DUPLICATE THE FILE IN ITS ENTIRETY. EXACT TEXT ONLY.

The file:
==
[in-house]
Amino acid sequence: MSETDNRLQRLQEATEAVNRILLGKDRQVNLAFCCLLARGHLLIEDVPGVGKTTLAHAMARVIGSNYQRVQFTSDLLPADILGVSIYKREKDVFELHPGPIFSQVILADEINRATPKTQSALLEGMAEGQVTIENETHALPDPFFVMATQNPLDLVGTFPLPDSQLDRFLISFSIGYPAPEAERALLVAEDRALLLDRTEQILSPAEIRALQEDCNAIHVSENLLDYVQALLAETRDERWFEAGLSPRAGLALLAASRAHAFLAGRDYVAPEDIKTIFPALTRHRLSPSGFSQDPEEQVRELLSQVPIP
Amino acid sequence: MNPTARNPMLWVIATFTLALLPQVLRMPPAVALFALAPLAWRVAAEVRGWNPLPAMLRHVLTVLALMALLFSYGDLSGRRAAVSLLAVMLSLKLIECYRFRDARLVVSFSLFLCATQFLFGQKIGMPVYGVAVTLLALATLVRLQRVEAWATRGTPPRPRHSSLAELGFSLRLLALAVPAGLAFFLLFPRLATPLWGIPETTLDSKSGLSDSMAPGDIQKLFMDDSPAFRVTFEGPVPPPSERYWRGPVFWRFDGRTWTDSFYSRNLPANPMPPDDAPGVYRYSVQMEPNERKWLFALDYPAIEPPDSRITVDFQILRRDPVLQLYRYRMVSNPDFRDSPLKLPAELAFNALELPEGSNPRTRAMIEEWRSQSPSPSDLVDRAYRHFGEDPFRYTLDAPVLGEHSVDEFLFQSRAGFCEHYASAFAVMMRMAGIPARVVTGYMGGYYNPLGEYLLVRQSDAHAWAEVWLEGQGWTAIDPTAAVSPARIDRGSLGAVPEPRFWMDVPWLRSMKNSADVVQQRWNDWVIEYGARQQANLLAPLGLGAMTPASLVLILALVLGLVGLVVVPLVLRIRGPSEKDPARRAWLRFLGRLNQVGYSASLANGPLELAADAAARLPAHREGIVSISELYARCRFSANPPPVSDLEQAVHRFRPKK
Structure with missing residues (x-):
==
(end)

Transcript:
[in-house]
Amino acid sequence: MSETDNRLQRLQEATEAVNRILLGKDRQVNLAFCCLLARGHLLIEDVPGVGKTTLAHAMARVIGSNYQRVQFTSDLLPADILGVSIYKREKDVFELHPGPIFSQVILADEINRATPKTQSALLEGMAEGQVTIENETHALPDPFFVMATQNPLDLVGTFPLPDSQLDRFLISFSIGYPAPEAERALLVAEDRALLLDRTEQILSPAEIRALQEDCNAIHVSENLLDYVQALLAETRDERWFEAGLSPRAGLALLAASRAHAFLAGRDYVAPEDIKTIFPALTRHRLSPSGFSQDPEEQVRELLSQVPIP
Amino acid sequence: MNPTARNPMLWVIATFTLALLPQVLRMPPAVALFALAPLAWRVAAEVRGWNPLPAMLRHVLTVLALMALLFSYGDLSGRRAAVSLLAVMLSLKLIECYRFRDARLVVSFSLFLCATQFLFGQKIGMPVYGVAVTLLALATLVRLQRVEAWATRGTPPRPRHSSLAELGFSLRLLALAVPAGLAFFLLFPRLATPLWGIPETTLDSKSGLSDSMAPGDIQKLFMDDSPAFRVTFEGPVPPPSERYWRGPVFWRFDGRTWTDSFYSRNLPANPMPPDDAPGVYRYSVQMEPNERKWLFALDYPAIEPPDSRITVDFQILRRDPVLQLYRYRMVSNPDFRDSPLKLPAELAFNALELPEGSNPRTRAMIEEWRSQSPSPSDLVDRAYRHFGEDPFRYTLDAPVLGEHSVDEFLFQSRAGFCEHYASAFAVMMRMAGIPARVVTGYMGGYYNPLGEYLLVRQSDAHAWAEVWLEGQGWTAIDPTAAVSPARIDRGSLGAVPEPRFWMDVPWLRSMKNSADVVQQRWNDWVIEYGARQQANLLAPLGLGAMTPASLVLILALVLGLVGLVVVPLVLRIRGPSEKDPARRAWLRFLGRLNQVGYSASLANGPLELAADAAARLPAHREGIVSISELYARCRFSANPPPVSDLEQAVHRFRPKK
Structure with missing residues (x-):